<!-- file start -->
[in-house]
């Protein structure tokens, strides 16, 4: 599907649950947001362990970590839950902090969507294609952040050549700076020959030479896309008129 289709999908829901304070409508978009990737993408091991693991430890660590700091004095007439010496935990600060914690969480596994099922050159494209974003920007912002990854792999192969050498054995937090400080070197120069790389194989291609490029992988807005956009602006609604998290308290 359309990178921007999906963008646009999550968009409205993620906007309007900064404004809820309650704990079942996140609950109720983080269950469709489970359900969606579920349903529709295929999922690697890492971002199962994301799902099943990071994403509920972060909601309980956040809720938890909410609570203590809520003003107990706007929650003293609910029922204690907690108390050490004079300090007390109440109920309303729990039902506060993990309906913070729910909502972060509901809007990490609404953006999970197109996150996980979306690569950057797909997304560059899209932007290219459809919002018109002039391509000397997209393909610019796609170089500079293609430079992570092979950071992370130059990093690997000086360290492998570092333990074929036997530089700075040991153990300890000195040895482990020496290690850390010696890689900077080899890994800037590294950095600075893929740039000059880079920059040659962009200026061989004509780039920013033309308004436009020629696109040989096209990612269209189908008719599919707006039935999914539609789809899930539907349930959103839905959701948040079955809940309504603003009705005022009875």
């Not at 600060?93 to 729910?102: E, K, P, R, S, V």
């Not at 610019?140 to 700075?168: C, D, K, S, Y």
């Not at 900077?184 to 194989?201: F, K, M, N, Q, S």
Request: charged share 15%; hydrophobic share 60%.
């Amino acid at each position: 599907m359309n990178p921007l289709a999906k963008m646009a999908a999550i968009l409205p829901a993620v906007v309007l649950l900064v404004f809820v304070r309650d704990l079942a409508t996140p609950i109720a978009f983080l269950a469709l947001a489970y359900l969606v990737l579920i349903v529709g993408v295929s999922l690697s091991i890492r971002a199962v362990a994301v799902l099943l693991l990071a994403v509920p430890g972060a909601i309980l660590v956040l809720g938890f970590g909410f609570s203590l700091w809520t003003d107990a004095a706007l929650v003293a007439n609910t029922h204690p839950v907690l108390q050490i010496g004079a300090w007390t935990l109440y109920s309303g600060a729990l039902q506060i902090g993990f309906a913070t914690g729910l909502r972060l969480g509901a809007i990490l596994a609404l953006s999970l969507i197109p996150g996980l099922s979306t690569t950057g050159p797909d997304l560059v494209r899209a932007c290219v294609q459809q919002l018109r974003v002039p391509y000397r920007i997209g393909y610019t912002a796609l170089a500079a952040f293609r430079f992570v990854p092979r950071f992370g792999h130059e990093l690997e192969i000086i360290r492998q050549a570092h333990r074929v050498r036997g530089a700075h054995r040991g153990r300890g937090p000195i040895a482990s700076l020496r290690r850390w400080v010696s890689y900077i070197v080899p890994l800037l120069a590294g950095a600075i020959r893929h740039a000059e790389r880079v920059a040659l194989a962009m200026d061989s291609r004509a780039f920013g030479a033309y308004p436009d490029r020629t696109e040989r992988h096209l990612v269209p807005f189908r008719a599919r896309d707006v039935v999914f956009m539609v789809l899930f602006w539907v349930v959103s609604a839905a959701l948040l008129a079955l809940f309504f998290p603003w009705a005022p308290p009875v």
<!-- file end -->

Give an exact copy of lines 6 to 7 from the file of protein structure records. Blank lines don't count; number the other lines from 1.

Request: charged share 15%; hydrophobic share 60%.
């Amino acid at each position: 599907m359309n990178p921007l289709a999906k963008m646009a999908a999550i968009l409205p829901a993620v906007v309007l649950l900064v404004f809820v304070r309650d704990l079942a409508t996140p609950i109720a978009f983080l269950a469709l947001a489970y359900l969606v990737l579920i349903v529709g993408v295929s999922l690697s091991i890492r971002a199962v362990a994301v799902l099943l693991l990071a994403v509920p430890g972060a909601i309980l660590v956040l809720g938890f970590g909410f609570s203590l700091w809520t003003d107990a004095a706007l929650v003293a007439n609910t029922h204690p839950v907690l108390q050490i010496g004079a300090w007390t935990l109440y109920s309303g600060a729990l039902q506060i902090g993990f309906a913070t914690g729910l909502r972060l969480g509901a809007i990490l596994a609404l953006s999970l969507i197109p996150g996980l099922s979306t690569t950057g050159p797909d997304l560059v494209r899209a932007c290219v294609q459809q919002l018109r974003v002039p391509y000397r920007i997209g393909y610019t912002a796609l170089a500079a952040f293609r430079f992570v990854p092979r950071f992370g792999h130059e990093l690997e192969i000086i360290r492998q050549a570092h333990r074929v050498r036997g530089a700075h054995r040991g153990r300890g937090p000195i040895a482990s700076l020496r290690r850390w400080v010696s890689y900077i070197v080899p890994l800037l120069a590294g950095a600075i020959r893929h740039a000059e790389r880079v920059a040659l194989a962009m200026d061989s291609r004509a780039f920013g030479a033309y308004p436009d490029r020629t696109e040989r992988h096209l990612v269209p807005f189908r008719a599919r896309d707006v039935v999914f956009m539609v789809l899930f602006w539907v349930v959103s609604a839905a959701l948040l008129a079955l809940f309504f998290p603003w009705a005022p308290p009875v």